The former spouse of the above-mentioned writer has grown even more hostile since the divorce and the last entry, written nearly a year ago. It’s a mystery to us all.  The vast majority of the staff wants to get on with our normal business, but the man-hours required to devote to the very real problems of their personal lives (we realize our workers actually have lives) have left little time (not to mention funds, for we are self-funded) for our team of crack investigative reporters to go out there and get truly interesting and important stories. It seems that some of our staff is just unlucky (flooded basements). Some are overworked. And for the ones going through divorces, well, seems that some folks just can’t let go. They revel in the fight. To this contributor, it appears like refusing to admit that the plate of elephant manure and crushed-up cockroaches you’re eating isn’t actually worse  than the nice bowl of gelato that’s sitting right next to you: “I really like this,” you say. “Now get that fucking fior di latte and stracciatella out of my face before I really lose it.”

However, we did get an editorial out of all of this:

Divorce should not be in the hands of lawyers and judges.

Divorce should not be in the hands of lawyers and judges.

Divorce should not be in the hands of lawyers and judges.

Some day an enlightened public will have to wrest this from the hands of the divorce attorneys, while they kick and scream and predict the death of society. It probably won’t be the death of society, but it will be the end of the world as we know it, and that is more than fine.

Because we are so nosy, we picked up this piece of writing on a crumpled piece of paper from the courthouse floor:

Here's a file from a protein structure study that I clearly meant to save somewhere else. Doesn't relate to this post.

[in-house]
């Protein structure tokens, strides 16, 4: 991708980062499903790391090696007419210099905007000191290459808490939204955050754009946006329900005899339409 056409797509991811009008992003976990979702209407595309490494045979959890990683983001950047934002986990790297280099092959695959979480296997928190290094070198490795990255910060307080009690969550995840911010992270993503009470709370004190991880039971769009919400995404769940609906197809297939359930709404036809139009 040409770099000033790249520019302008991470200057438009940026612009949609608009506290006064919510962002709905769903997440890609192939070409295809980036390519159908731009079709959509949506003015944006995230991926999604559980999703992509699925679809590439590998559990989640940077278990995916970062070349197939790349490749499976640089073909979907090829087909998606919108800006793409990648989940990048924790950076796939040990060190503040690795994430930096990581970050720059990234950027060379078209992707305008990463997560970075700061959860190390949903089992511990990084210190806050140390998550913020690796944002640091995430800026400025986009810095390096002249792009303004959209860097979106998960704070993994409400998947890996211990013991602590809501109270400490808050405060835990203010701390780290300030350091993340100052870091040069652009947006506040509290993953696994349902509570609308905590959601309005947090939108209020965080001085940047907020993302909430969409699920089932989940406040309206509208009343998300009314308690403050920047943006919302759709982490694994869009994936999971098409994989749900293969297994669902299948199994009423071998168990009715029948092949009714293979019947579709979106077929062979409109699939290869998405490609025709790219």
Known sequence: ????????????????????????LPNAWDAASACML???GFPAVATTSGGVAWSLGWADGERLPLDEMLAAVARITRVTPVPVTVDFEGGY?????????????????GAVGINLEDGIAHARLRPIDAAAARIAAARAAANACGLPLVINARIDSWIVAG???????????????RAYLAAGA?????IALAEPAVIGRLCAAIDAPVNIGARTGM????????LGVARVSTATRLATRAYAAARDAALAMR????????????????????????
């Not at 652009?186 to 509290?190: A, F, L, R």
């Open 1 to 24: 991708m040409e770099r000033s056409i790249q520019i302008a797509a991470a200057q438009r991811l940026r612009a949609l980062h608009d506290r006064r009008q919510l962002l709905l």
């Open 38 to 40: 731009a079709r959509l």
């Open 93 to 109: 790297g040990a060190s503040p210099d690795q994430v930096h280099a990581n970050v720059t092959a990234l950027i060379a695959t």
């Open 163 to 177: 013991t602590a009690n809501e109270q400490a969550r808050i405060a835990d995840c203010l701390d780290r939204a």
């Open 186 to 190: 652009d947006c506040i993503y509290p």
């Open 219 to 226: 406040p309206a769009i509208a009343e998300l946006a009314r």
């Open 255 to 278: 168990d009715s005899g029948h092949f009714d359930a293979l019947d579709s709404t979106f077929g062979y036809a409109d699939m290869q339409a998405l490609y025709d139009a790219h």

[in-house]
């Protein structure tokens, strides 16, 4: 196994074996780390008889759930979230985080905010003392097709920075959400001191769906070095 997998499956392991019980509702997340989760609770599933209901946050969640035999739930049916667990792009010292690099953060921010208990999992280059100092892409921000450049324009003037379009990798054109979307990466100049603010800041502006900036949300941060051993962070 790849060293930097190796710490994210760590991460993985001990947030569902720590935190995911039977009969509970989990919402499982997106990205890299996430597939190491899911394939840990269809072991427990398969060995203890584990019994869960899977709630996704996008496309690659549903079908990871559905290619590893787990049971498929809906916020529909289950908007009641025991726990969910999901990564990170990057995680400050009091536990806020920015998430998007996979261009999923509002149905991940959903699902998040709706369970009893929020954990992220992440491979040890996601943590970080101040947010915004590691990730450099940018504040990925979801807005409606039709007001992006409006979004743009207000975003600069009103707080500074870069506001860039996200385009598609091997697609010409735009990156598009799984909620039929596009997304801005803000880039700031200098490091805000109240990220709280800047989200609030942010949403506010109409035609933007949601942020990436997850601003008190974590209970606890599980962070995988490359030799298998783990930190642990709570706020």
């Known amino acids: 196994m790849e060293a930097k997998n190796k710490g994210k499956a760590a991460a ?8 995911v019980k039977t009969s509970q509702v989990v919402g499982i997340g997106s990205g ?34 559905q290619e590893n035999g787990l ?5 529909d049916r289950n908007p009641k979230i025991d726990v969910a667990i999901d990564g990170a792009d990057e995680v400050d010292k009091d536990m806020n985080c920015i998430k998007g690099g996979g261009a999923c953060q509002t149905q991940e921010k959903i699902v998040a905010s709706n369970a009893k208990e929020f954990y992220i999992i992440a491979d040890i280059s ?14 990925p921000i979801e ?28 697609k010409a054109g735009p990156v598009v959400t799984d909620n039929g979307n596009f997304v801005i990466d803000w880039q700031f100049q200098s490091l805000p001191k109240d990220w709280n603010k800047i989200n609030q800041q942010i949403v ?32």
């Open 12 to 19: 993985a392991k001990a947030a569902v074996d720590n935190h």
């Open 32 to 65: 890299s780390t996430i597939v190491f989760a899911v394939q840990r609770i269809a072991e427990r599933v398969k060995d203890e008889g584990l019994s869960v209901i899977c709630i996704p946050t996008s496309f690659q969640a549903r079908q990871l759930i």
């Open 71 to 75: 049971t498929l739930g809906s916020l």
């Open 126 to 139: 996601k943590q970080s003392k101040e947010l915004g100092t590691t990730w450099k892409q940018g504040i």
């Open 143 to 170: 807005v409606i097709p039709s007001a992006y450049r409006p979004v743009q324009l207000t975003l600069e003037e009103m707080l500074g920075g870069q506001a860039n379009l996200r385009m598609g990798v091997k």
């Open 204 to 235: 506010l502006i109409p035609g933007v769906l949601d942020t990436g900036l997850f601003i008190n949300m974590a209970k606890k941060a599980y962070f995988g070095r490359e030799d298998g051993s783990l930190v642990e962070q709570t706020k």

Today I saw a grown man handcuffed in the courtroom because he was unable to pay his child support. He started to cry, but the judge didn’t really care. If what he says was true, then he was paying all the money he had for child support. So who will benefit from his incarceration? The children? I can’t imagine how. The former wife? Well, I’m sure that going to jail and losing his job will enhance his future earning capacity. She may have a need for vendetta, may feel that he has it coming, but she’s probably acting from her worst self, or her only self if she can’t separate herself from this side of her.  I suppose some smug prigs will be satisfied at seeing this man who has no experience with the criminal justice system tossed into jail, satisfying her worser angels. Bully for her…

I saw another guy at the clerk’s desk, he was showing his pay stubs and how they were less then the weekly amount owed on child support. He was from the former Soviet Union, and seeing the machine just turning and churning, regardless of the circumstances, made him feel like he was in Moscow once again.,,

Do the powers that be really think that children can be isolated from the conflict that an adversarial system encourages? In court I heard a lawyer, tell the judge that charges $460/hour. This same judge didn’t flinch, even though he said something about “reasonable lawyer’s fees.” By what I see, this lawyer has absolutely no control over his client, or perhaps he is even encouraging her to continue litigation in order to pad his own wallet. What’s amazing, truly astounding,  is that he probably thinks he’s actually worth it. He doesn’t seem any brighter than the average bear, and I so far a lot of his strategy seems to be throwing lots of motions and paperwork at the process. The other side complains that much  of it is illegible, which means that they need to call him to fix it, and then the cost of the whole deal goes up, since he’s clearly the type of lawyer who doesn’t let a minute of his day go unbilled. The plaintiff’s lawyer seems to be taking the case personally, as he has developed a rather un-lawyerly tendency to lose his temper when talking about the defendant.  He works for a fancy-schmancy (which is two grades higher than merely “fancy”) law firm. I have heard of it. They have very nice offices with good views, glass conference rooms, stocked with all sorts of things with their logo on it, including the napkins that their clients use to wipe the crumbs from their faces. Do these self-congratulatory surroundings improves their ability to win cases for their clients?

NastTweed